Campbell Soup, Fox Business host question Ross’s soup can defense of Trump tariffs

Campbell Soup Company did not agree with Commerce Secretary Wilbur RossWilbur Louis RossTrump will delay steel tariffs for EU, others Once on chopping block, Trump's budget puts development finance in overdrive Countries scramble to win exemptions from steel tariffs MORE's soup can defense of steel tariffs on Friday.

Ross used Campbell Soup cans as props during interviews on CNBC and Fox Business to argue that President TrumpDonald John TrumpPoll: Both parties need to do more on drug prices Senate approves .3 trillion spending bill, sending to Trump White House: Trump will delay steel tariffs for EU, six countries MORE's decision to impose tariffs on steel and aluminum were "no big deal" and would have minimal impact on consumers.


"In a can of Campbell's Soup, there are about 2.6 pennies worth of steel. So if that goes up by 25 percent, that's about six-tenths of 1 cent on the price on a can of Campbell's soup," Ross explained to CNBC. "I just bought this can today at a 7-Eleven ... and it [was] priced at a $1.99. Who in the world is going to be too bothered?"

But a Campbell spokesperson said the tariffs "will result in higher prices" and impact company costs.

"Any new broad-based tariffs on imported tin plate steel — an insufficient amount of which is produced in the U.S. — will result in higher prices on one of the safest and more affordable parts of the food supply," Campbell told CNBC.

Ross also appeared on Fox Business to defend the president's decision, using the same Campbell Soup defense. There, anchor Stuart Varney used increased steel costs on building the Keystone Pipeline to press Ross on the tariffs.

"Your tariffs, the president’s tariffs, add $300 million to it. That’s huge," Varney said.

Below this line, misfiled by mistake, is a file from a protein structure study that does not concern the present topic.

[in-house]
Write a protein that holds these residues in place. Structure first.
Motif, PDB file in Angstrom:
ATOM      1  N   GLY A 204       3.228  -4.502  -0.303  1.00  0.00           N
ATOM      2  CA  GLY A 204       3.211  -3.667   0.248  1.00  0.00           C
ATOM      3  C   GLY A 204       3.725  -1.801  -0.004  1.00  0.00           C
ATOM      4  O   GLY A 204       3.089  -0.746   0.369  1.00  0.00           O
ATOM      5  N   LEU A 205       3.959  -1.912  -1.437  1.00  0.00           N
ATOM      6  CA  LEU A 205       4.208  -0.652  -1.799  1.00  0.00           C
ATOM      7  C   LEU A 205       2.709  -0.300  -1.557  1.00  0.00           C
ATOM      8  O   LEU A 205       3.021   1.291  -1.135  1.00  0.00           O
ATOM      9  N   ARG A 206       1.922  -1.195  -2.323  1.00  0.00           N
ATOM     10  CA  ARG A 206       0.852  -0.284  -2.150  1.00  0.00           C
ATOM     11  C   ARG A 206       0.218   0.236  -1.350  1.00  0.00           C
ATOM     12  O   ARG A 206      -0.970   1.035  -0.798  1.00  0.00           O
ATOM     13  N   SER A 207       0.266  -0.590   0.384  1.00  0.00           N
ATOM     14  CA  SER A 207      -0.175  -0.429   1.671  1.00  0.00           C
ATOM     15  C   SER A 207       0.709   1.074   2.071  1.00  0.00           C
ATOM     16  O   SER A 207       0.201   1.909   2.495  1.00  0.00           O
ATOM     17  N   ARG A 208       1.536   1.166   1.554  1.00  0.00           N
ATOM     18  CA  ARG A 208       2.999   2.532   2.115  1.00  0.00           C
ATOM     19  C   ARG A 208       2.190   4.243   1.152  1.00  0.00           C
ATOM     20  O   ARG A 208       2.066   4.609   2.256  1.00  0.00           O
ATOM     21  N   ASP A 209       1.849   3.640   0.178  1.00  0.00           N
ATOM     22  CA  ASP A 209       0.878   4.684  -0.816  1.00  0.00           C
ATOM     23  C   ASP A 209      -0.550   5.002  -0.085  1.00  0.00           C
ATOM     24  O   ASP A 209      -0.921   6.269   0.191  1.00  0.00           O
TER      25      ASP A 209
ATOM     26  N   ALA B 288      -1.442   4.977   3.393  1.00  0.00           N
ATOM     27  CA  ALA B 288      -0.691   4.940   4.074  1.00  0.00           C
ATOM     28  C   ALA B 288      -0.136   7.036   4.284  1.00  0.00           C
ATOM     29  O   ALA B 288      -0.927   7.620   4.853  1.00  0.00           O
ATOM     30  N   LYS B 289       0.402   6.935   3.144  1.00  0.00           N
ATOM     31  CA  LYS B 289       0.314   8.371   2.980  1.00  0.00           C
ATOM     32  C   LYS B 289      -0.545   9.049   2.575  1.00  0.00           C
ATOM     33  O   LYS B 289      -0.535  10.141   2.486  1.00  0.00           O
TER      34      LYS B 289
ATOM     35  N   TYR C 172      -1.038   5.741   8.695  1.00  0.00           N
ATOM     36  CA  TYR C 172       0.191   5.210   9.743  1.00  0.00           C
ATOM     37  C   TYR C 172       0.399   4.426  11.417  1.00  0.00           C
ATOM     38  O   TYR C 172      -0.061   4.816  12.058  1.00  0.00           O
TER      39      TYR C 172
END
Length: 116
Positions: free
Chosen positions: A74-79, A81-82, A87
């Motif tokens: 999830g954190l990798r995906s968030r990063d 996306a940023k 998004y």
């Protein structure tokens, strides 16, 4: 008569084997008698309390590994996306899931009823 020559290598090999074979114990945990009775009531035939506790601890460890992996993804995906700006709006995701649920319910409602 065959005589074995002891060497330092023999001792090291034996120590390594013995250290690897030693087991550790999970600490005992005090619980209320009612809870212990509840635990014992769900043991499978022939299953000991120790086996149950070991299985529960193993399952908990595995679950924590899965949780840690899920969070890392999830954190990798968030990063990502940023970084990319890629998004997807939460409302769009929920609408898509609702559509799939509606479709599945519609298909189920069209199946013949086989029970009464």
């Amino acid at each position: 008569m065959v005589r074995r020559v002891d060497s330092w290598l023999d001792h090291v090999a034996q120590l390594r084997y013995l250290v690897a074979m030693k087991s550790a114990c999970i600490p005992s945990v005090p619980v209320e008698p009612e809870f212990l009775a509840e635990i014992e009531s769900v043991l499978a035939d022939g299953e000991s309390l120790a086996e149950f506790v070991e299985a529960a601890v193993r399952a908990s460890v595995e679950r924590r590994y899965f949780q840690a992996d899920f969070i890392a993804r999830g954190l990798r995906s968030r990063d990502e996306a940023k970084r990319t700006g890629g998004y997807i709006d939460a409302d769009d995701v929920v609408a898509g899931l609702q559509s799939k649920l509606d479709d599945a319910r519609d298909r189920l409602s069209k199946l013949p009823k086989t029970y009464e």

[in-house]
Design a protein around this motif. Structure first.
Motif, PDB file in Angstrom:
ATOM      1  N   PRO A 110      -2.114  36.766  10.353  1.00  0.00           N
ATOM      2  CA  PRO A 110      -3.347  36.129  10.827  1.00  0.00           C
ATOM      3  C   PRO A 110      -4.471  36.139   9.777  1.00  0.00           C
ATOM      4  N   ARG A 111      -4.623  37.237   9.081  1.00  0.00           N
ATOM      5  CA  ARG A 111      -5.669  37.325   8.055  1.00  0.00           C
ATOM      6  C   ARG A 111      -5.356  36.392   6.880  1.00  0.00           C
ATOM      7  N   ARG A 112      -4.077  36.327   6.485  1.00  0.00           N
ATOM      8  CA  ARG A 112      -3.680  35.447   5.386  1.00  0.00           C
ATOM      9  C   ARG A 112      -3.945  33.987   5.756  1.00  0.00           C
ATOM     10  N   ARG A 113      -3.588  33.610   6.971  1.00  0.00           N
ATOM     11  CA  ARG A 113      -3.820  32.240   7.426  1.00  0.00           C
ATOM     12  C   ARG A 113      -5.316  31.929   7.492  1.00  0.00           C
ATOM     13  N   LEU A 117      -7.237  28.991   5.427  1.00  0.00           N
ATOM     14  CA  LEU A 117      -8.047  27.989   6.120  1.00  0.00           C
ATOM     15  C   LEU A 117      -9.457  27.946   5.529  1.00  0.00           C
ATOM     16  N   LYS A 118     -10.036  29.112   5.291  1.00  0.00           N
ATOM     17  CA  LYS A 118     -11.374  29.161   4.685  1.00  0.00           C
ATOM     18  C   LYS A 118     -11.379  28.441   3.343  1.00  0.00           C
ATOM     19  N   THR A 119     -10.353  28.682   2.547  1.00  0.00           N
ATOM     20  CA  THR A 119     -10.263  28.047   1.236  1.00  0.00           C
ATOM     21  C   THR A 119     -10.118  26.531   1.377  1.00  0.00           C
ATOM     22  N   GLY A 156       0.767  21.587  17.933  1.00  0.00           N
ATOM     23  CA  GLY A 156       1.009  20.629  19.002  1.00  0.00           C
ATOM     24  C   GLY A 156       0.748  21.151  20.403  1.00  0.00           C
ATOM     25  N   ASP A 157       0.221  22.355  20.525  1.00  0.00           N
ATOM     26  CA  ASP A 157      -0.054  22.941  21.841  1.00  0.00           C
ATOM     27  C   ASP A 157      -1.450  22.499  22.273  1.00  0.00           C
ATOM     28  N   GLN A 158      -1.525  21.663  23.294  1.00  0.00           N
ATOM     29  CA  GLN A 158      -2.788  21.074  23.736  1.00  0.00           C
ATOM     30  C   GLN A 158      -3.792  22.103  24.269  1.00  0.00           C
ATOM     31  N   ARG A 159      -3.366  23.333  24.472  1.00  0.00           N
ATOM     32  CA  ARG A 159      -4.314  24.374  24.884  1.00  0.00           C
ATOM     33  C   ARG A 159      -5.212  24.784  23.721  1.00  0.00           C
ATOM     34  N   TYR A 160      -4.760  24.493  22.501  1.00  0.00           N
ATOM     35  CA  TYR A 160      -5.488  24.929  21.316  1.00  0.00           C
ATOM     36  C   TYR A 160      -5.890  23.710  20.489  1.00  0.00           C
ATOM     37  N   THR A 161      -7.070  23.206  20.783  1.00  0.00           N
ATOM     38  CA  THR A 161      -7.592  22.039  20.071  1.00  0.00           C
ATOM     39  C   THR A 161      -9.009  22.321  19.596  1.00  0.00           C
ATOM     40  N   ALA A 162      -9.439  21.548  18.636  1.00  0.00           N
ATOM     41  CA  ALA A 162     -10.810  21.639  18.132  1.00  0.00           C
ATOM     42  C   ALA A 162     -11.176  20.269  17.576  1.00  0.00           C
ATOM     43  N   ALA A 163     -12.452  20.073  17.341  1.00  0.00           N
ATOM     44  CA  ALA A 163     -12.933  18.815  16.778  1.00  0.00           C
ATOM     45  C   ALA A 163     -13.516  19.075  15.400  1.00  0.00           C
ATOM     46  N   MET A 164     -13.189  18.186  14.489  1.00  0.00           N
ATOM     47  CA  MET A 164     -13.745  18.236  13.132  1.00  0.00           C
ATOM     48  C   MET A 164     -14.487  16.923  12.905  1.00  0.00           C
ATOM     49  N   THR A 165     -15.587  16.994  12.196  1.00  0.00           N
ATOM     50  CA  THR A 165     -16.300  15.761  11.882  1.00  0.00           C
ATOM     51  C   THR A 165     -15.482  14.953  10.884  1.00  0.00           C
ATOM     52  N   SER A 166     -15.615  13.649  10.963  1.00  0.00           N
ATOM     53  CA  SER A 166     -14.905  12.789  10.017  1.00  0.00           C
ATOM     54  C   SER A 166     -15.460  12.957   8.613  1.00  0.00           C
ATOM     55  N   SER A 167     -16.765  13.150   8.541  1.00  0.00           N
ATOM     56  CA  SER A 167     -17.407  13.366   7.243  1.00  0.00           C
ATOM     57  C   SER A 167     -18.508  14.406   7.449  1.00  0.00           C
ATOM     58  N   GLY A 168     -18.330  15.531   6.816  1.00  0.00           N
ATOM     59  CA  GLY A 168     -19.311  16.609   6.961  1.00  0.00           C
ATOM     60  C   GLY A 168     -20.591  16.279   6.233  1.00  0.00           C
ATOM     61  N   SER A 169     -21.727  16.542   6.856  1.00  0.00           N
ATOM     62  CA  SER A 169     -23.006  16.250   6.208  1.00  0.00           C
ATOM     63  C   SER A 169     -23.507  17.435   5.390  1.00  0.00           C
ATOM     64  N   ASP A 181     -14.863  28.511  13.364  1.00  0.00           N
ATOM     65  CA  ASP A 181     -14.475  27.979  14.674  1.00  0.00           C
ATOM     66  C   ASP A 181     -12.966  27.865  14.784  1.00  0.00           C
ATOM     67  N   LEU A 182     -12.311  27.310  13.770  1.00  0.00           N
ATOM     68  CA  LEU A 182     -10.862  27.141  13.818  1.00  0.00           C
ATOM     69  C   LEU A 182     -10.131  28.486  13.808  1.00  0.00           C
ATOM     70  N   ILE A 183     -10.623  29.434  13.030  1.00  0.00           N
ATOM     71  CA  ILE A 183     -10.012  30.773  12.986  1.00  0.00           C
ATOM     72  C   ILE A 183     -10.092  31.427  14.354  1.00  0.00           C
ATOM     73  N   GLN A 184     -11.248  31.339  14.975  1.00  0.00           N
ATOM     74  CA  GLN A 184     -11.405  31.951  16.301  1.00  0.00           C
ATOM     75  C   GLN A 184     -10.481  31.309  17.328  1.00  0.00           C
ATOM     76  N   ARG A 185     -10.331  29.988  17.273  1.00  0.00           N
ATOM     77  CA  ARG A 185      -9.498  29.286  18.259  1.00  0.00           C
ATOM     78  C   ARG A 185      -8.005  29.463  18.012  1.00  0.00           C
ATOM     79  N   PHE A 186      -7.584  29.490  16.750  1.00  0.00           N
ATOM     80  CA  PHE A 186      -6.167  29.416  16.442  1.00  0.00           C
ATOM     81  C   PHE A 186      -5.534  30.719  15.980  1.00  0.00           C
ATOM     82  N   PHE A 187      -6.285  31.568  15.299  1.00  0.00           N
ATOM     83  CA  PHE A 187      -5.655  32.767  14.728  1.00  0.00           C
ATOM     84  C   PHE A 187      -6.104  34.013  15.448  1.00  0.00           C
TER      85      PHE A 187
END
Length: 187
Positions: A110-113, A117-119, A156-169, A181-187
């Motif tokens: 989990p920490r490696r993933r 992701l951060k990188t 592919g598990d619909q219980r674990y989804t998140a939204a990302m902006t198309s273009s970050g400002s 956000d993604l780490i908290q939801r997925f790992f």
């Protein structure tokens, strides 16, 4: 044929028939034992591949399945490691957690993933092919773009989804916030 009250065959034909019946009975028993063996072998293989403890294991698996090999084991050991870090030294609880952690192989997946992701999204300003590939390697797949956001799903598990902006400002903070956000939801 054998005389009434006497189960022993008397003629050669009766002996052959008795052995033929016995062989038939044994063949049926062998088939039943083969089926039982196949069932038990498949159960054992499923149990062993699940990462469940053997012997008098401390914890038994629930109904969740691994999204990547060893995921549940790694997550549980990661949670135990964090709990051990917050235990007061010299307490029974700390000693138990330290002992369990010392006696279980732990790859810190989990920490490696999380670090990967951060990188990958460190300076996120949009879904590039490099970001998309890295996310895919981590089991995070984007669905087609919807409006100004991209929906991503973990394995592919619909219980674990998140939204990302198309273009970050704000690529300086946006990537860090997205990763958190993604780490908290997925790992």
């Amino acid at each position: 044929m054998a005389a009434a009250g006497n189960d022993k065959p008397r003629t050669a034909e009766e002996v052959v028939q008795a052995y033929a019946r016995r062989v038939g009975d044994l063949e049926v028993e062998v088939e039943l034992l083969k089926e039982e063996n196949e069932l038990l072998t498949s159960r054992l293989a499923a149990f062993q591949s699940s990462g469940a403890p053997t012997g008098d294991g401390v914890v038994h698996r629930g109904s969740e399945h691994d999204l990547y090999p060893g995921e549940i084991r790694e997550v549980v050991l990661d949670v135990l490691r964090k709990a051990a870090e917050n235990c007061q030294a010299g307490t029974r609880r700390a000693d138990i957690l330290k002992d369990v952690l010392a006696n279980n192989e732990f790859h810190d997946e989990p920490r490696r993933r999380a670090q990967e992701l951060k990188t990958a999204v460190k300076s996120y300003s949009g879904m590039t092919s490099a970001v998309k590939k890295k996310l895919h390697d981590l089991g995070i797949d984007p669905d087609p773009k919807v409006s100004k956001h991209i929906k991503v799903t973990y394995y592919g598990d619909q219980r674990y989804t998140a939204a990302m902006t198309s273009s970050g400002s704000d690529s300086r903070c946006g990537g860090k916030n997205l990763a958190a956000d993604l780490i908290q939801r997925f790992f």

"Well, it is huge, but it’s a huge project. It’s a multibillion-dollar project," Ross replied. "And what they did, they bought a lot of their steel from India prior to the president putting in the ‘Buy America, build America’ thing, so what they were doing was profiteering off dumped steel."

"That’s something we’re not going to tolerate because it costs American jobs. Everybody talks about the price, but what about the jobs?” Ross asked.

"The other potential criticism is that you face retaliation from other countries," Varney noted. "And this morning, we had Sweden’s Electrolux, the biggest makers of appliances in Europe, they pulled or delayed a $250 million investment in Tennessee in the United States because of those steel tariffs. They say it would simply raise the cost of steel in America. They’ve delayed the project. Your answer?”

“Well, any time you get rid of dumped product, there will be a price increase," Ross explained. "The question is what does it amount to? Take a car. There’s about one ton of steel in a car, and if that goes up 25 percent from a 700-odd dollar base, that’s under a couple of hundred dollars, that’s around five-tenths of 1 percent of the price of a car. That’s no big deal."

"So the people are exaggerating it considerably, but you’ve got to look at the job creation and the impact on American employees," Ross added.

The president tweeted to his 48.4 million followers on Friday that "trade wars are good, and easy to win," which sent stocks tumbling for a second straight day.

“When a country (USA) is losing many billions of dollars on trade with virtually every country it does business with, trade wars are good, and easy to win,” Trump tweeted.

The AFL-CIO and some Democrats embraced the move to institute tariffs, while many Republicans criticized it.